A documentation of my preservation and preparation of local foods as I work through the seasons. This will serve as a reference tool for me in the future and as a sharing guide for family and friends...and anyone else interested. Hopefully, I can offer some useful methods, tips and recipes to share with everyone--be they novice or pro--and encourage them to join me in the exciting world of preserving and cooking with local foods.

Sunday, January 22, 2012

Seafood Chowder

When fridays roll around, I often get a hankering for seafood (and I'm not even Catholic).  I love all kinds of seafood prepared in any manner, but creamy seafood chowders taste so good and warm during Winter months.  Following is my recipe for a seafood chowder that was a huge hit with restaurant patrons.
The seafood sunk to the bottom but there's lots in there--promise!

Seafood Chowder
3 cups of seafood, any variety or combination thereof.
  (I usually include a can of clams with juice)
1 cup cubed red potatoes  
1 Tablespoon butter or bacon fat (best flavor)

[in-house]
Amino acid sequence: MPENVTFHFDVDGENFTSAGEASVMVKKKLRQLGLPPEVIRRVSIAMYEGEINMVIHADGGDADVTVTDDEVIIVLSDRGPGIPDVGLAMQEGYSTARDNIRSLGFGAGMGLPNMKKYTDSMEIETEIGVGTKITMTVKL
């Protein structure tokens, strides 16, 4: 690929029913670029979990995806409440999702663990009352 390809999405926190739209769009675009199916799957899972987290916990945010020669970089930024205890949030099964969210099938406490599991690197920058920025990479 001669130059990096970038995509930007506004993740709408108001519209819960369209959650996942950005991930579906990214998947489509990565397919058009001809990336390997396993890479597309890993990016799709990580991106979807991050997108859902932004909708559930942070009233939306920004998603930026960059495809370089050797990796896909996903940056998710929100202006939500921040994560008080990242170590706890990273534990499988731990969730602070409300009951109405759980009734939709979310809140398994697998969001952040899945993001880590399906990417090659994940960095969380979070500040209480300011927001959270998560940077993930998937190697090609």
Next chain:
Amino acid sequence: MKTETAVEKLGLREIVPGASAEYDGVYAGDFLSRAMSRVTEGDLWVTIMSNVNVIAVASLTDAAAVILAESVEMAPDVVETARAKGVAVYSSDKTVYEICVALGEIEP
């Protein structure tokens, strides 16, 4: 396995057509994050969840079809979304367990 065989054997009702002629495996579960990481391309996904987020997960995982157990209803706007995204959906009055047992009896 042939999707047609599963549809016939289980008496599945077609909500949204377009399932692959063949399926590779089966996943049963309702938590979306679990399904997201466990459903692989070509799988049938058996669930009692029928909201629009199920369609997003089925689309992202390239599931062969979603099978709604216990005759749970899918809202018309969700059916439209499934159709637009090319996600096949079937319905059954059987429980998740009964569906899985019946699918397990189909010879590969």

1/4 cup diced celery
1/3 cup diced onion
1 clove garlic, minced
1 teaspoon thyme
1 Tablespoon chopped fresh parsley (or 1 tsp dried)
1/2 teaspoon dill weed
1 Tablespoon flour
2-1/2 cups chicken boullion
1 Tablespoon clam or seafood base - dissolved in chix broth
1/2 cup dry white wine
1 teaspoon sugar
2 cups Half and Half
--Boil red potatoes (skin on or peeled) just until starting to soften.  Set aside.  In large saucepan, cook onion, celery, garlic and herbs (parsley, thyme, dill weed) in melted butter or bacon fat until starting to soften.  Add flour and stir to paste.  Slowly add broth with base, stirring, until creamy.  Add wine, Half and Half and sugar, stirring until incorporated.  Add potatoes and seafood.  Heat to simmer and let slowly simmer 15-20 min.  Serve with a few drops of tobasco sauce or hot pepper flakes, if desired.


  1. I just froze the sweet corn, and now I am simmering the corn cobs,and I am lost as to what to do next. do I add any thing to the stock pot? I am a recent widower and very limited in the kitchen, hence these questions.

    1. Just got through making corn broth myself--Answer: Nothing to add other than lots of corn cobs. Let it cook down to half, until the stock is a golden yellow-brownish. I let mine go until the color is pretty brown. You have less, but it is richer. This is one of my favorite stocks; it's wonderful for cooking rice or adding to soups. Taste it when it's done and cool (strain first to get corn silk and bits of kernel out). It's got a sweet, roasted flavor. Glad to see ou are doing this. (PS: I'm not sure why this comment appears under the Seafood Chowder post. I assume you're talking about freezing sweet corn and making corn broth with the cobs.) Diane Lutzke